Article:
This step is intended to capture students’ attention with a single word. Students are taught that when the teacher says the predetermined word (usually “class”), they are to respond as a group with “yes”. The catch here is that the students are taught to respond in a mirror image of the teacher, so if the teacher says “class, class”, the students are to respond with “yes, yes”. Teachers should practice improvising and using as many variations of “class” as they can imagine. This ensures that the technique remains interesting to the students, thereby keeping them entertained, engaged, and looking forward to the instructions that are to follow. This step is especially important for preschool aged children, as they are just learning to mimic and copy.
Once a teacher has the attention of the students, it’s imperative that he or she lay down the classroom rules. Each rule is associated with a specific physical gesture, so over time the combination of muscle memory and memorized rules becomes second nature. The rules and their associated gestures are:
- Follow Directions Quickly – Move your hand or finger in a swimming motion forward.
- Raise your Hand for Permission to Speak – Raise your hand then make a talking motion with your mouth.
- Raise your Hand for Permission to Leave your Chair – Raise your hand and make a waving motion with your fingers.
- Make Smart Choices – Tap your temple on your head.
- Keep your Dear Teacher Happy – Make the letter “L” with each hand and place it by the corners of your mouth to motion a smile.
Hands and Eyes
This is the step where the students are required to really focus on what the teacher’s instructions are. When the teacher announces “hands and eyes”, all students are to look at the teacher, sit up straight, and hold their hands together. The “hands and eyes” statement is a simple reminder to the children that they are about to receive instruction. This is the time for the teacher to make their point and since preschool-aged children tend to have very short attention spans, it’s important that the point be short (less than 15-25 seconds), sweet, and uncomplicated. Remember that the end result should be pieces of information that are chopped up into small enough bites that a preschool aged student can effectively retain and then reteach the information to his or her peers.
The Teach-OK step is the instructional part of the lesson. The teacher divides the students into groups and teaches small pieces of information with the aid of hand movements and/or physical gestures. After the teacher completes instruction, he or she announces “teach”, to which the children respond “ok”. This signals the students that it is time to repeat the same information and gestures to their peers. During this time the teacher should be moving among each group and assessing which children adequately retained and are able to re-teach the lesson, versus those that are struggling. This process repeats itself until the entire lesson has been taught.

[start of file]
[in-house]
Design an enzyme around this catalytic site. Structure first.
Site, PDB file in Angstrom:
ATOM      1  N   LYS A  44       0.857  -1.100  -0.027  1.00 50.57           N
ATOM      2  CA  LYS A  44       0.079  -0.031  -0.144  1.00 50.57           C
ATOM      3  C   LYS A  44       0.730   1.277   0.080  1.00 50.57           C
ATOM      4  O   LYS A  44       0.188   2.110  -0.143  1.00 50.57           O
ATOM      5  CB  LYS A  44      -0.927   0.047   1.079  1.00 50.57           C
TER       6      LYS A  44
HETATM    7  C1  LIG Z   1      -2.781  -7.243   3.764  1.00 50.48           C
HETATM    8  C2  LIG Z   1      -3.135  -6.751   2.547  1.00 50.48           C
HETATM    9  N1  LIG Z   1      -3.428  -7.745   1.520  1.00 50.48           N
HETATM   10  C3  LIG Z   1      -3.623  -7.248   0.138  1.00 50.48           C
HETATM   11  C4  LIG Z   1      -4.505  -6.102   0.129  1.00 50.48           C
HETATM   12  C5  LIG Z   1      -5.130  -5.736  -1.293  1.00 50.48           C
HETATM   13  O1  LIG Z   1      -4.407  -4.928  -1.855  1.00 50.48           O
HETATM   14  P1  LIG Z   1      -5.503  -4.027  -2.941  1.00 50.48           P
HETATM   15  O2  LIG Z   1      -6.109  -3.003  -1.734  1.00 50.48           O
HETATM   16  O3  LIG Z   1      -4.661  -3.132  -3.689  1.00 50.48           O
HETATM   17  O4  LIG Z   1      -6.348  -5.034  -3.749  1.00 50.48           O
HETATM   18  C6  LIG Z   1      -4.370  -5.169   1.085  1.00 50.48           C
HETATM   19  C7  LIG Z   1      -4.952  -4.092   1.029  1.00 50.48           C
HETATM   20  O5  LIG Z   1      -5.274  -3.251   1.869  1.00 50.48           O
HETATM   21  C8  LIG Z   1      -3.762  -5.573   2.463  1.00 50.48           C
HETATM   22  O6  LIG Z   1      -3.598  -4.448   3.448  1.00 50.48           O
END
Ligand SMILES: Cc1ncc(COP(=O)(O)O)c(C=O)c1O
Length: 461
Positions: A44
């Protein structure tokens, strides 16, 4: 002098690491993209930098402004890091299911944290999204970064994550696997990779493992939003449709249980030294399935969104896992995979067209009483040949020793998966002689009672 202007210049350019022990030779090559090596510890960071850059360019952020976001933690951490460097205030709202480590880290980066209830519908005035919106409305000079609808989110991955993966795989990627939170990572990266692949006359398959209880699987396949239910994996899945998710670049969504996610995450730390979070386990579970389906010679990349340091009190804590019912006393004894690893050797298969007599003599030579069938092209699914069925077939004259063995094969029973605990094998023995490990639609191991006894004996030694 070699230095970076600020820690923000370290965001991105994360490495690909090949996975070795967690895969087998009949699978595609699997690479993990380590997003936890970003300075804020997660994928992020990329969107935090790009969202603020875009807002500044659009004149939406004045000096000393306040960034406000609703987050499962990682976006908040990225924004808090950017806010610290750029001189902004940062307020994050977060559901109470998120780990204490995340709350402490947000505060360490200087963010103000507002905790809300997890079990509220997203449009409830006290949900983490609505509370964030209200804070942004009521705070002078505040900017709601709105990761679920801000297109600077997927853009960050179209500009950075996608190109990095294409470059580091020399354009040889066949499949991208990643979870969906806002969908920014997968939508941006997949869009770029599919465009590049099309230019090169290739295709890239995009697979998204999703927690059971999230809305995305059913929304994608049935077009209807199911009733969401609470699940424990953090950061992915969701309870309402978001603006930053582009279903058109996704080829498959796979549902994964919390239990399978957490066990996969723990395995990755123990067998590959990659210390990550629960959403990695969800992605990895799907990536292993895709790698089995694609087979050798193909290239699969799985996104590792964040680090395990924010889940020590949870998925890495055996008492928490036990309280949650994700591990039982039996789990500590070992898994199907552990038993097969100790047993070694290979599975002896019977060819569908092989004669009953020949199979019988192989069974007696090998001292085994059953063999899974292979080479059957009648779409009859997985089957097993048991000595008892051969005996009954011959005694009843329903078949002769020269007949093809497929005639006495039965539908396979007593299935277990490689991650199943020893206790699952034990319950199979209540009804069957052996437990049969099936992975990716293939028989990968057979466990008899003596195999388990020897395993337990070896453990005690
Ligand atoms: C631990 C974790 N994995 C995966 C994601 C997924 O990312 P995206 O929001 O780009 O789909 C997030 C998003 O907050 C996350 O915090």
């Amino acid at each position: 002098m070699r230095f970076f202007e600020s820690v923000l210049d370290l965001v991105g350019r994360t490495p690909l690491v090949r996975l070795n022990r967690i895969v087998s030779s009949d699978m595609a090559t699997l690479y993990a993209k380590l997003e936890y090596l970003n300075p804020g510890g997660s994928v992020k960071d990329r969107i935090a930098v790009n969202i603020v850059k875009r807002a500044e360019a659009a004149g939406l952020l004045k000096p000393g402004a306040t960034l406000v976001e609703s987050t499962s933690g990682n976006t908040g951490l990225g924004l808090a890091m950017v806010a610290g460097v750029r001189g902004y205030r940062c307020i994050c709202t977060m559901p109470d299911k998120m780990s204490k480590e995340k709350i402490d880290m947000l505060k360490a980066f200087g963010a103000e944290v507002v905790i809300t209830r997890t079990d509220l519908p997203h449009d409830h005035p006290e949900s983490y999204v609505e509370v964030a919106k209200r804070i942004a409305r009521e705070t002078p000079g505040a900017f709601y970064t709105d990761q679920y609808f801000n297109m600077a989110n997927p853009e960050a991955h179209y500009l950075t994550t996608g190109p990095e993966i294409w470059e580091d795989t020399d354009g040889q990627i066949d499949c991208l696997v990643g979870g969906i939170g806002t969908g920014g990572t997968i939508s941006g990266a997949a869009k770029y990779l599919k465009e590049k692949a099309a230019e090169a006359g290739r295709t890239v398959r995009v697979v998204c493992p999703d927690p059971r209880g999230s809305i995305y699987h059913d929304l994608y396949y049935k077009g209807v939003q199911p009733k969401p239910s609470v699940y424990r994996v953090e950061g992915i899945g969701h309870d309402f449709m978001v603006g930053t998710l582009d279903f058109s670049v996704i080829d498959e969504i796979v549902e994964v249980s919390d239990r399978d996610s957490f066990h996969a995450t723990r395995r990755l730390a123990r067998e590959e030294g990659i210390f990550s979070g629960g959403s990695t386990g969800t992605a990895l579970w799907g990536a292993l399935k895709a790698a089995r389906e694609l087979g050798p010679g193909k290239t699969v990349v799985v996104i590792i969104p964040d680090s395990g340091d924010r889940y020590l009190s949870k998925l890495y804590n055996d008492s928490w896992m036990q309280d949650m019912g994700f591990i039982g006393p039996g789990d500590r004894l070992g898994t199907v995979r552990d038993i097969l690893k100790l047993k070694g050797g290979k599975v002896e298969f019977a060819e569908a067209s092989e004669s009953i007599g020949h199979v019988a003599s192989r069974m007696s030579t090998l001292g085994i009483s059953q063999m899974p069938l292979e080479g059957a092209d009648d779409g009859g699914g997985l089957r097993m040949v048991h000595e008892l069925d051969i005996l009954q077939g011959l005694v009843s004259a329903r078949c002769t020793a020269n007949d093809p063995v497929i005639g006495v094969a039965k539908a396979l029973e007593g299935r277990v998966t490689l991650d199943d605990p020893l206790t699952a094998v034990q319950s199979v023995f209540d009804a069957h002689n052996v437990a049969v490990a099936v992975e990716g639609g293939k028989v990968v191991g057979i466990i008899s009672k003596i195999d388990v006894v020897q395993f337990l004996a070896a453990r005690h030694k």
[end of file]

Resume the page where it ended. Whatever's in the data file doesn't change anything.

This step coincides with Teach-OK. As the students are re-teaching their classmates, they should take turns using and mirroring the gestures or physical movements that accompany each step. The least complicated way to accomplish this is to count the students off by ones and twos, so that when it’s time to switch, each child knows that it’s their turn to perform the mirror image of their peer.
At any time during the lesson the teacher may announce “mirror, mirror”, accompanied by a specific gesture. This command signals the children to stop what they are doing and mimic the teacher. This step should be used to regain the class’s attention when the children begin to lose focus. It offers a brief time out and a chance for the students to recollect their thoughts.
For preschool aged children, students should receive points marked on a smiley face or a frowny face on the board, depending upon how they performed (up to three points per face). Every time the teacher marks a point on the smiley face, the students should be taught to respond with a quick cheer or applause, and each time a point is marked on the frowny face they may groan out loud (though this may not be something a teacher wishes to adopt in his or her classroom). This practice ensures that the entire class is cognizant of overall performance. At the end of the day a surplus of smiley face points should be rewarded with an extra few minutes of playtime or storytime.
The practice of Whole Brain Teaching emphasizes active learning and engages a student at the level they are most comfortable with for their age group. This fun and interactive method ensures that even the youngest student will retain and understand their lessons more comprehensively. For more information on the benefits of Whole Brain Teaching and how it applies to preschool aged children, please contact us.